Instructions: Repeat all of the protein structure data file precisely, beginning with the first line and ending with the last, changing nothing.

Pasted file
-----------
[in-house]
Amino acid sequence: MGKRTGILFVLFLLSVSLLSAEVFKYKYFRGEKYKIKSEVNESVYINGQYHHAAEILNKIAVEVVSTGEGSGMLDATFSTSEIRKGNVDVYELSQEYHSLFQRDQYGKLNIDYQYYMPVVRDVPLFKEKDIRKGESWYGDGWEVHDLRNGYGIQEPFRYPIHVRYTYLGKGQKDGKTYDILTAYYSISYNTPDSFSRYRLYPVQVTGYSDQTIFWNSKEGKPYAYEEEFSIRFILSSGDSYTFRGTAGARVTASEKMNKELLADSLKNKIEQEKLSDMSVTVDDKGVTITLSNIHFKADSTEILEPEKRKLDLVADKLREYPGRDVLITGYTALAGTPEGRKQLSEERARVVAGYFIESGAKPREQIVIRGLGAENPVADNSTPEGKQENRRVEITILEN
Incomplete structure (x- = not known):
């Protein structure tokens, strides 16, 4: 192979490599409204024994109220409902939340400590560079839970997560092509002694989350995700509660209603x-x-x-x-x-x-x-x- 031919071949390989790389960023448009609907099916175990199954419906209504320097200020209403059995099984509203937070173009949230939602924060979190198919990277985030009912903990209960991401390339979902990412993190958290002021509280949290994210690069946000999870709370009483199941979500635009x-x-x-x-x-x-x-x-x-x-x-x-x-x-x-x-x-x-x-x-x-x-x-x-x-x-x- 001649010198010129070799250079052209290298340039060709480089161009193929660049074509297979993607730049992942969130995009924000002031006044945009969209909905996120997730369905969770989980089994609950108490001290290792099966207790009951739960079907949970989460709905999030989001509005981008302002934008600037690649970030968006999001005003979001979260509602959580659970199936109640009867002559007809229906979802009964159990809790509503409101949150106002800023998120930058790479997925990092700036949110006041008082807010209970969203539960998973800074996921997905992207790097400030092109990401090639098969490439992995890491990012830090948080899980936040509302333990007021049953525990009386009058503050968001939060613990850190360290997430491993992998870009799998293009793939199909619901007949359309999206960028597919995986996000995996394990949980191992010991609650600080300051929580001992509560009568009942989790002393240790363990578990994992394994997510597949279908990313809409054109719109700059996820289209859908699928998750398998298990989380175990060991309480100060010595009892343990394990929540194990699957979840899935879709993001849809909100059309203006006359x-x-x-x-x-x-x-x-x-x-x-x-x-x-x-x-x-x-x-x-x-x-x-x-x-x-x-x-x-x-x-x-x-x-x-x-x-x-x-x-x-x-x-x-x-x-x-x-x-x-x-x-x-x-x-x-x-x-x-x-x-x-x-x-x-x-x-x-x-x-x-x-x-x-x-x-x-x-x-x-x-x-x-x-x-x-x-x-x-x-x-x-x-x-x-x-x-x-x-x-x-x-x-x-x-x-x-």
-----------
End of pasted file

[in-house]
Amino acid sequence: MGKRTGILFVLFLLSVSLLSAEVFKYKYFRGEKYKIKSEVNESVYINGQYHHAAEILNKIAVEVVSTGEGSGMLDATFSTSEIRKGNVDVYELSQEYHSLFQRDQYGKLNIDYQYYMPVVRDVPLFKEKDIRKGESWYGDGWEVHDLRNGYGIQEPFRYPIHVRYTYLGKGQKDGKTYDILTAYYSISYNTPDSFSRYRLYPVQVTGYSDQTIFWNSKEGKPYAYEEEFSIRFILSSGDSYTFRGTAGARVTASEKMNKELLADSLKNKIEQEKLSDMSVTVDDKGVTITLSNIHFKADSTEILEPEKRKLDLVADKLREYPGRDVLITGYTALAGTPEGRKQLSEERARVVAGYFIESGAKPREQIVIRGLGAENPVADNSTPEGKQENRRVEITILEN
Incomplete structure (x- = not known):
């Protein structure tokens, strides 16, 4: 192979490599409204024994109220409902939340400590560079839970997560092509002694989350995700509660209603x-x-x-x-x-x-x-x- 031919071949390989790389960023448009609907099916175990199954419906209504320097200020209403059995099984509203937070173009949230939602924060979190198919990277985030009912903990209960991401390339979902990412993190958290002021509280949290994210690069946000999870709370009483199941979500635009x-x-x-x-x-x-x-x-x-x-x-x-x-x-x-x-x-x-x-x-x-x-x-x-x-x-x- 001649010198010129070799250079052209290298340039060709480089161009193929660049074509297979993607730049992942969130995009924000002031006044945009969209909905996120997730369905969770989980089994609950108490001290290792099966207790009951739960079907949970989460709905999030989001509005981008302002934008600037690649970030968006999001005003979001979260509602959580659970199936109640009867002559007809229906979802009964159990809790509503409101949150106002800023998120930058790479997925990092700036949110006041008082807010209970969203539960998973800074996921997905992207790097400030092109990401090639098969490439992995890491990012830090948080899980936040509302333990007021049953525990009386009058503050968001939060613990850190360290997430491993992998870009799998293009793939199909619901007949359309999206960028597919995986996000995996394990949980191992010991609650600080300051929580001992509560009568009942989790002393240790363990578990994992394994997510597949279908990313809409054109719109700059996820289209859908699928998750398998298990989380175990060991309480100060010595009892343990394990929540194990699957979840899935879709993001849809909100059309203006006359x-x-x-x-x-x-x-x-x-x-x-x-x-x-x-x-x-x-x-x-x-x-x-x-x-x-x-x-x-x-x-x-x-x-x-x-x-x-x-x-x-x-x-x-x-x-x-x-x-x-x-x-x-x-x-x-x-x-x-x-x-x-x-x-x-x-x-x-x-x-x-x-x-x-x-x-x-x-x-x-x-x-x-x-x-x-x-x-x-x-x-x-x-x-x-x-x-x-x-x-x-x-x-x-x-x-x-």